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‘Chip’ Wadena owed White Earth band $731,000 at time of death

'Chip' Wadena

FARGO – At the time of his death Tuesday, Darrell “Chip” Wadena owed more than $731,000 to the White Earth tribe in northern Minnesota, stemming from his conviction in federal court of stealing money from the tribe for personal profit.

Wadena died Tuesday at Vibra Hospital in Fargo. He was 75. His funeral was Saturday in Naytahwaush, Minn., his hometown.

Per federal law, the restitution fine will now be terminated and written off following Wadena’s death.

Wadena was tribal chairman of the White Earth band for 20 years, but he was voted out of office in 1996, the same year he was convicted of 15 federal charges of embezzlement, money laundering and rigging construction bids for the Shooting Star Casino in Mahnomen, Minn.

After his conviction, Wadena was ordered to pay $585,287 in restitution to the White Earth tribe and he spent 33 months in prison.

Wadena never came close to paying the fine in full. As of Wednesday, he still owed $731,608.75, which includes the original debt plus late penalties of $146,321.75, according to the U.S. District Clerk of Court office in Minneapolis.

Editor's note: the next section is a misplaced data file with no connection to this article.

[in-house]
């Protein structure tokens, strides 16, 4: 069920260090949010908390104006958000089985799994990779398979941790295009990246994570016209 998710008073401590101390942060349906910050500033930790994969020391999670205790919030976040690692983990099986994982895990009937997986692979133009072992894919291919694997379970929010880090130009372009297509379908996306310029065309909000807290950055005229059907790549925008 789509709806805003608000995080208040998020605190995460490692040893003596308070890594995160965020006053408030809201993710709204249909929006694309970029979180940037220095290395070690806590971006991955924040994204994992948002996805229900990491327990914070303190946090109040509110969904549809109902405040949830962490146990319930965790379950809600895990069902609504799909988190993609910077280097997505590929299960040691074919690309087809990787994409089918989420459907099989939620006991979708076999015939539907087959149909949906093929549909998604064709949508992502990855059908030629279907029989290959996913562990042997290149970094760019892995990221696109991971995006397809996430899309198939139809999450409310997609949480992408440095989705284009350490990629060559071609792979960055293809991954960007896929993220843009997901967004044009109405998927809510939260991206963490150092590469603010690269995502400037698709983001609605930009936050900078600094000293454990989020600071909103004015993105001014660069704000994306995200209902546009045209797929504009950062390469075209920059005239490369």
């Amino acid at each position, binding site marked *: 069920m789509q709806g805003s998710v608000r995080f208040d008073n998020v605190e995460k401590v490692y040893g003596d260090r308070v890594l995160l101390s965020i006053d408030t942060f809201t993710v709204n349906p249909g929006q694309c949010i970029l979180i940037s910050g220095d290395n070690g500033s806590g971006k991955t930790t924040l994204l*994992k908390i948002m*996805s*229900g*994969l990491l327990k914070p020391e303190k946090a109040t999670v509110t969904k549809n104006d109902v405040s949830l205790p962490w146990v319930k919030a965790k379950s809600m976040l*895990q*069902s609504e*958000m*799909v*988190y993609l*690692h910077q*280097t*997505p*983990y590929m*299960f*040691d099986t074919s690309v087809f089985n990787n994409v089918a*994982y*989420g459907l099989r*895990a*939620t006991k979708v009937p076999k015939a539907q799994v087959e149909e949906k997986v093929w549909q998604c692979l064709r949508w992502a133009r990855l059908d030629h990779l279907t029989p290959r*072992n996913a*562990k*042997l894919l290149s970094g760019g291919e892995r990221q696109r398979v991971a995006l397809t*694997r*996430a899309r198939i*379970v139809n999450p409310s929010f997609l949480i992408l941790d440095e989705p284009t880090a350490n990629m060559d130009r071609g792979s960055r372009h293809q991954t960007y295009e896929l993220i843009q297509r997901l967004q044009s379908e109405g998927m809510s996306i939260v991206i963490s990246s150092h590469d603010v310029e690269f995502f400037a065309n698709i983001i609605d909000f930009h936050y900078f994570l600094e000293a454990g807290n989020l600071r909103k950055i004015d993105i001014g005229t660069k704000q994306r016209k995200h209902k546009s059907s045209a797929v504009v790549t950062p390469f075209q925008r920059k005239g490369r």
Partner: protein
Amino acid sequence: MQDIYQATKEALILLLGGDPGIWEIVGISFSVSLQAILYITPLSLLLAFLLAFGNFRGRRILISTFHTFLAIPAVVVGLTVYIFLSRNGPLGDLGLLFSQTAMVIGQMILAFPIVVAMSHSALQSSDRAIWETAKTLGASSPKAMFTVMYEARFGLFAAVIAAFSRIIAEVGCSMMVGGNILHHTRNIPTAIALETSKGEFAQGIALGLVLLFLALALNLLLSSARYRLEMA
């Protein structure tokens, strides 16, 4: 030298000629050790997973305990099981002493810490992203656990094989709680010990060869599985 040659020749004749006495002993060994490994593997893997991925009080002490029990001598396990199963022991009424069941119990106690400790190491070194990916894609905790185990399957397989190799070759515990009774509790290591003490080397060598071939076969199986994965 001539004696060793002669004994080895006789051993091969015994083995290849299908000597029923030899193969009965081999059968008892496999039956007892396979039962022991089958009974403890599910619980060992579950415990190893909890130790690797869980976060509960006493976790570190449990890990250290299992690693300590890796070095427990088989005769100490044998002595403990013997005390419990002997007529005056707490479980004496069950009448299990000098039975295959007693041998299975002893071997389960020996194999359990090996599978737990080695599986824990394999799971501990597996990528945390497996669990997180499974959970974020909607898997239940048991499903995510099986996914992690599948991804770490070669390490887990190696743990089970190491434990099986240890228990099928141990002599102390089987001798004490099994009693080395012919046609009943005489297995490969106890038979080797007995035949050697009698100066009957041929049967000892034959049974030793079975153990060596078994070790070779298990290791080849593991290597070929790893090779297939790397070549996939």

Erma Vizenor, the White Earth tribal chairwoman, couldn’t be reached for comment Friday. She led the activist group that ousted Wadena in 1996.

Wadena made a $100,000 restitution payment to the Tribal Council in 1999 and started making $200-a- month payments, according to a Forum archive story. By the time of his death, he had paid $198,719.09, according to the U.S. District Clerk of Court office.

In a 2004 interview, the same year he lost a contentious election to Vizenor for tribal leader, Wadena said his net worth, including the value of his home, was about $80,000.

He was working for the tribal bingo hall in Mahnomen at the time.

Wadena attempted to run for tribal chairman again in 2008, but because of his criminal record his candidacy was not certified by the Tribal Council.

Erik Burgess
Erik Burgess covers city and county government for The Forum. He started as the paper's night reporter in 2012, after graduating from Hamline University in St. Paul, Minn. He was born and raised in Grand Forks, N.D., and also spent time interning at the Grand Forks Herald.  Have a comment to share about a story? Letters to the editor should include author’s name, address and phone number. Generally, letters should be no longer than 250 words. All letters are subject to editing. Send to
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